Sen. Tim Kaine on Tuesday recounted his hours-long journey on a Washington-area highway after a winter storm crippled the region and left hundreds, including the Virginia Democrat, stranded for hours on roads.
“At some point it switched from a miserable travel day into kind of a survival mode day for me. And, you know, the roads are incredibly slick, and my car is sliding around, and I don’t have food or drink in my car, so I was more focused on, ‘OK, how do I safely get out of this mess,’ ” Kaine told CNN’s Alisyn Camerota by phone of his 27 hours stuck in traffic on Interstate 95.
“But I’m sure there’s going to be a lot of questions: Was it weather forecasting? Was it inadequate pretreatment of roads? But I would just say that the snow is very heavy and very wet, and when that happens, as soon as the sun goes down, that slush turns to ice on a cold day, and that’s what happened last night, and that’s what brought everything to a standstill.”
He reached the US Capitol later Tuesday, telling reporters the trip was anything but “boring.”
“You have to figure out the strategy, and it’s like, turn on the heater full blast, heat the car up, turn it off and then try to catch some sleep. In about 20 or 30 minutes it gets so cold in the car, then you have to do it again,” he said, adding: “You’re like trying to keep fuel. You’re trying to research what you can about what the roads will be like when the sun comes up. So it wasn’t boring.”
The Democrat wrote on Twitter that he had started driving to Washington at 1 p.m. ET on Monday and as of 8:27 a.m. Tuesday, “19 hours later, I’m still not near the Capitol.” He also wrote that his office was speaking with the Virginia Department of Transportation to help other stranded motorists.
“I’m frustrated, but not in serious trouble. If you are in trouble on Virginia roads today, call @VaDOT at 1-800-FOR-ROAD,” Kaine later tweeted.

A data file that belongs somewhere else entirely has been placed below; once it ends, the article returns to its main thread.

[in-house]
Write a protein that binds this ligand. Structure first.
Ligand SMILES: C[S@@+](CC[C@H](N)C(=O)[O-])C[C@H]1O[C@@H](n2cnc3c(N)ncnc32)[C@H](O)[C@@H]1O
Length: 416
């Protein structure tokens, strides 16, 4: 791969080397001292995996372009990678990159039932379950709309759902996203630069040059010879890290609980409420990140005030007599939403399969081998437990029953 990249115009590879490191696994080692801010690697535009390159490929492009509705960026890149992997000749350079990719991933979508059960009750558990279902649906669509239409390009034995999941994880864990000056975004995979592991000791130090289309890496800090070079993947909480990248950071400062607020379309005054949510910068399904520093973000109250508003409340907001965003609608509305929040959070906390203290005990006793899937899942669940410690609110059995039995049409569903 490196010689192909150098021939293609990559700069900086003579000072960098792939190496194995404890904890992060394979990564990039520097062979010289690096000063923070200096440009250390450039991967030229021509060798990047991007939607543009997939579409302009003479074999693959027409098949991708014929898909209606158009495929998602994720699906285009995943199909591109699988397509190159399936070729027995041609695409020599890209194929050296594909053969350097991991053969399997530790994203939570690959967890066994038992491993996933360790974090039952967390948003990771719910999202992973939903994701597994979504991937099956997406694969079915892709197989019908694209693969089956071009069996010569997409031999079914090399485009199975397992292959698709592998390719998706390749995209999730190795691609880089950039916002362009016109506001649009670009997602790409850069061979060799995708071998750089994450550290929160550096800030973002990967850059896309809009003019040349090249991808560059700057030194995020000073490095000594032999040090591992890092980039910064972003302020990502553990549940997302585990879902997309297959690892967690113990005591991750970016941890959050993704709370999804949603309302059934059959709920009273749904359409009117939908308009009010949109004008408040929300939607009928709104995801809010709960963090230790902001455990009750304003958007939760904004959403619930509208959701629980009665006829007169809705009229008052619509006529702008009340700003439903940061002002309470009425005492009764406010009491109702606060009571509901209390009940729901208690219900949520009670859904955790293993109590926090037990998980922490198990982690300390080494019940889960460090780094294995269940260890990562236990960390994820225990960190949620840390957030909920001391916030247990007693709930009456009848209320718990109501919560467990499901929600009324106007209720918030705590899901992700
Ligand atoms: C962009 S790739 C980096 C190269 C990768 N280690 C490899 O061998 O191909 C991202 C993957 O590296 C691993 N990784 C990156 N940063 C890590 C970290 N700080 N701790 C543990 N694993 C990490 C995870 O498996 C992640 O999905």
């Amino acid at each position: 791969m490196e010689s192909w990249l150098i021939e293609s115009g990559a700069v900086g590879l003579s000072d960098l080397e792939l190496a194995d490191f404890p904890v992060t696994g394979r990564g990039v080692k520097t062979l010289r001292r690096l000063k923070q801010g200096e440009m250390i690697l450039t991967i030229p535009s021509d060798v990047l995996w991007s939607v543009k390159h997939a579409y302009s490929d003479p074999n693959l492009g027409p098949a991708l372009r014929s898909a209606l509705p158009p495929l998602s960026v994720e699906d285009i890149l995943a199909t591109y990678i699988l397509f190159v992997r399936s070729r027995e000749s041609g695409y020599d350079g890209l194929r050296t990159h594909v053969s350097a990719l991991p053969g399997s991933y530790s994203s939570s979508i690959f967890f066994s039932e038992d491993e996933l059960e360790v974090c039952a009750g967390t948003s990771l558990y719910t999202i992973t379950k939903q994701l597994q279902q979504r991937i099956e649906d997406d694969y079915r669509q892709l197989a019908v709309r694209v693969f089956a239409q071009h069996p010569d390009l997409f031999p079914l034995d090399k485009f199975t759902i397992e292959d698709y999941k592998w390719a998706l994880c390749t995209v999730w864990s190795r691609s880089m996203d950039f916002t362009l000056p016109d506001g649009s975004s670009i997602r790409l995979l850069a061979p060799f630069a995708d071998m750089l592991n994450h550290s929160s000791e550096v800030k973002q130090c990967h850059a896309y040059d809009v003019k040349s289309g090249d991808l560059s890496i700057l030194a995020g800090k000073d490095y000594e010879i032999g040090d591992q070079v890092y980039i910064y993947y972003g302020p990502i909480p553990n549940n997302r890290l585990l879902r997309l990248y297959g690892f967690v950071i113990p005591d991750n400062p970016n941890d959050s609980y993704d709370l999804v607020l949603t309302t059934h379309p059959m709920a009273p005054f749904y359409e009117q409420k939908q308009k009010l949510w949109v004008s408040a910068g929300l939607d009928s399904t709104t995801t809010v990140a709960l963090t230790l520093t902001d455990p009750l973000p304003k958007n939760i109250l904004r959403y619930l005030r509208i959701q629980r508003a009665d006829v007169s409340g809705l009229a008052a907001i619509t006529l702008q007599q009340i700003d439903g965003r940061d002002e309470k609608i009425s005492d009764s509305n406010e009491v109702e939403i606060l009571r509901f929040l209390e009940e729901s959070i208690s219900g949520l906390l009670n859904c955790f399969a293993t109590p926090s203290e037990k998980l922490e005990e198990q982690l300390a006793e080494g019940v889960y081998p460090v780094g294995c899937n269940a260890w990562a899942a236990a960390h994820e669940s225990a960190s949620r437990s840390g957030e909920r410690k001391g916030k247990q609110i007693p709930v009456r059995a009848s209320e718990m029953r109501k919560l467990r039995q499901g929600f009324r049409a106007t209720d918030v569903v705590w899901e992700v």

Since Monday, hundreds of vehicles have been stuck on portions of a 50-mile stretch of I-95 in the Fredericksburg area in Northern Virginia, between Richmond and Washington, partly because of disabled trucks blocking the way in snowy and icy conditions, VDOT said.
The area received at least 14 inches of snow from the storm, according to the National Weather Service in the Baltimore/Washington area.
Kaine told CNN on Tuesday that he had eaten only an orange — given to him by other stranded motorists — since Sunday night along with some coffee and soda. “I do have some popcorn in the car, but to eat popcorn without any liquid, I don’t think that’s a good idea, so now that I’m 90 minutes from the office, I’m planning on eating a lot and using the restroom as soon as I pull in,” he said from the road.
The senator told reporters after arriving at the Capitol that he had found some camaraderie on the road, describing the constellations he had seen walking around with other people trapped on the highway.
“You’d get out to stretch your legs. It was a clear night. Oh, yeah, there’s Cassiopeia. There’s Orion’s Belt. There’s the Big Dipper. You know, we were sharing a gallows experience,” he said.
Virginia Gov. Ralph Northam wrote on Twitter that an emergency message is going out to all stranded drivers connecting them to support and the commonwealth “is working with localities to open warming shelters as needed.”
“While sunlight is expected to help @VaDOT clear the road, all Virginians should continue to avoid 1-95,” Northam warned.
This story has been updated with Kaine’s arrival at the Capitol.
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